The City of Dubuque and IBM today announced that the IBM analytics and cloud computing technology deployed in 2010 by Dubuque as part of its Smarter Sustainable Dubuque research helped reduce water utilization by 6.6 percent and increased leak detection and response eightfold.
The Smarter Sustainable Dubuque Water Pilot Study empowered 151 Dubuque households with information, analysis, insights and social computing around their water consumption for nine weeks. By providing citizens and city officials with an integrated view of water consumption, the Water Pilot resulted in water conservation, increased leak reporting rate, and encouraged behavior changes.
Water savings were measured by comparing the consumption of the 151 pilot households with another 152 control group households with identical smart meters but without the access to the analysis and insights provided by the Water Pilot Study for the nine-week duration.
The smarter meter system monitored water consumption every 15 minutes and collected and communicated to the IBM Research Cloud. Data was collected from information including weather, demographics, and household characteristics. Using cloud computing, the data was analyzed to trigger notification of potential leaks and anomalies, and helped volunteers understand their consumption in greater detail. Volunteers were only able to view their own consumption habits while city management can see the aggregate data. All participating homes were volunteers and the data being collected was anonymous and contained no confidential information.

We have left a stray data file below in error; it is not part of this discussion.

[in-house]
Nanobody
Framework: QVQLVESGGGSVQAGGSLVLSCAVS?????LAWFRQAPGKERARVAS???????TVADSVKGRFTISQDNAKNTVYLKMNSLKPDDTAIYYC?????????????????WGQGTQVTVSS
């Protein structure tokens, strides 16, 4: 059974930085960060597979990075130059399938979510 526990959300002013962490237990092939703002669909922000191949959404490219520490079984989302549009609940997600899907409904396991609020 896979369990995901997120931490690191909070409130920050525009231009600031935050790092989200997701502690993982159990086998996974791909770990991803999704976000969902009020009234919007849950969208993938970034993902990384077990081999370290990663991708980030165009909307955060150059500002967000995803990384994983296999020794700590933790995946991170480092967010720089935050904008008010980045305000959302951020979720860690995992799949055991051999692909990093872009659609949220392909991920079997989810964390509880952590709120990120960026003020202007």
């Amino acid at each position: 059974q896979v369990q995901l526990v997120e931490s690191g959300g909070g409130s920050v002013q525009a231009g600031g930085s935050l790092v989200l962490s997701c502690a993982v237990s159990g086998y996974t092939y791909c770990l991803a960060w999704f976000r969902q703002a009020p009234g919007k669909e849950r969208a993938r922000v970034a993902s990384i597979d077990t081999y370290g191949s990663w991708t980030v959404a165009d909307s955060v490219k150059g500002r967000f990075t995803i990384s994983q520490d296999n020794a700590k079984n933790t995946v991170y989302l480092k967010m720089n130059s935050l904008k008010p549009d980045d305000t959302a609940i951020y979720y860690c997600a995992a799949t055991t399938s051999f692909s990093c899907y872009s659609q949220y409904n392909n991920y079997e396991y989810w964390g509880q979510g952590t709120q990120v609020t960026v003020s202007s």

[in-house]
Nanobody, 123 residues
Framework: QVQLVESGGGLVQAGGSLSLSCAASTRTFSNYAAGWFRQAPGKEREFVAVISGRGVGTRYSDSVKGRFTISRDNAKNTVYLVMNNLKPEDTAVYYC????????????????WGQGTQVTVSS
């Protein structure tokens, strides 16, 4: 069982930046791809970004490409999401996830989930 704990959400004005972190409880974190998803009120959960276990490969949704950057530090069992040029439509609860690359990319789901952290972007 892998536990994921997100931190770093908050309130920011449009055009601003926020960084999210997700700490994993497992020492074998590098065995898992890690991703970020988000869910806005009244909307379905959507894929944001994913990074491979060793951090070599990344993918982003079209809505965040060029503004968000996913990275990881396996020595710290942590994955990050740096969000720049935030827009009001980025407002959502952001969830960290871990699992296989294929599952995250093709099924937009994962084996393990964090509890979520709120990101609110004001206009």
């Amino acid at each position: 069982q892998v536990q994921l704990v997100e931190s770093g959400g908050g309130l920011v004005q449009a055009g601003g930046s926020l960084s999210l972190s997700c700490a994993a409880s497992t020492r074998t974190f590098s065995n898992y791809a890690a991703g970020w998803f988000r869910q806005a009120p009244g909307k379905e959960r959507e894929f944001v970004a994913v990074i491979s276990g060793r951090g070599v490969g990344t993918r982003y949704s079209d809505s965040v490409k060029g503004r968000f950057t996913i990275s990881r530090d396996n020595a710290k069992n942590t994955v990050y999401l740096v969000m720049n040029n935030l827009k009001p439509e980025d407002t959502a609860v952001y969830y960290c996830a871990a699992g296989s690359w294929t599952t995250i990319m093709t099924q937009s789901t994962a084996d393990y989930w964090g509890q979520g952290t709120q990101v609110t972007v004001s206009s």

Participating households were alerted about potential anomalies and leaks and were able to get a better understanding of their consumption patterns and, compare and contrast it anonymously with others in the community. Pilot study participants accessed their personal water usage information through a website portal and participated in online games and competitions aimed at promoting sustainable behavior enabling them to become fully engaged and informed about their consumption and the impact of the changes they made to it. Participants were able to see their data expressed in dollar savings, gallon savings and carbon reduction.
More specific results include:
- 89,090 gallons were saved among 151 households over nine weeks, and if extrapolated to a full year, this would be a savings of 514,742 gallons in total, or 3,409 gallons per household annually.
- Assuming that the 151 households are a fair sample of the City of Dubuque, the aggregate annual community-wide water savings across 23,000 households with smart meters in the city would be 64,944,218 gallons. This would translate into an aggregate water bill saving of $190,936 a year in total.
- Pilot participants reported leaks at a rate of 8 percent compared to 0.98 percent of city-wide (i.e. 12 of the 151 pilot households, versus 226 out of 23,000 smart meter households). It is estimated that 30 percent of households on average have leaks.
- 56 households that used the portal multiple times reported the most benefits and they include:
- 77 percent said that the water portal increased their understanding of their water use,
- 70 percent felt it helped them assess the impacts of the changes they had made,
- 48 percent felt that it helped them conserve water,
- 61 percent reported that – during the study – they had made a change to their water equipment or in the ways they used water, or both (e.g., they took shorter showers, fixed leaks, purchased water-efficient appliances, or altered the watering system in the yard).
- 48 percent reported that – in the future – they plan to make changes to their water equipment or in the ways they used water (or both).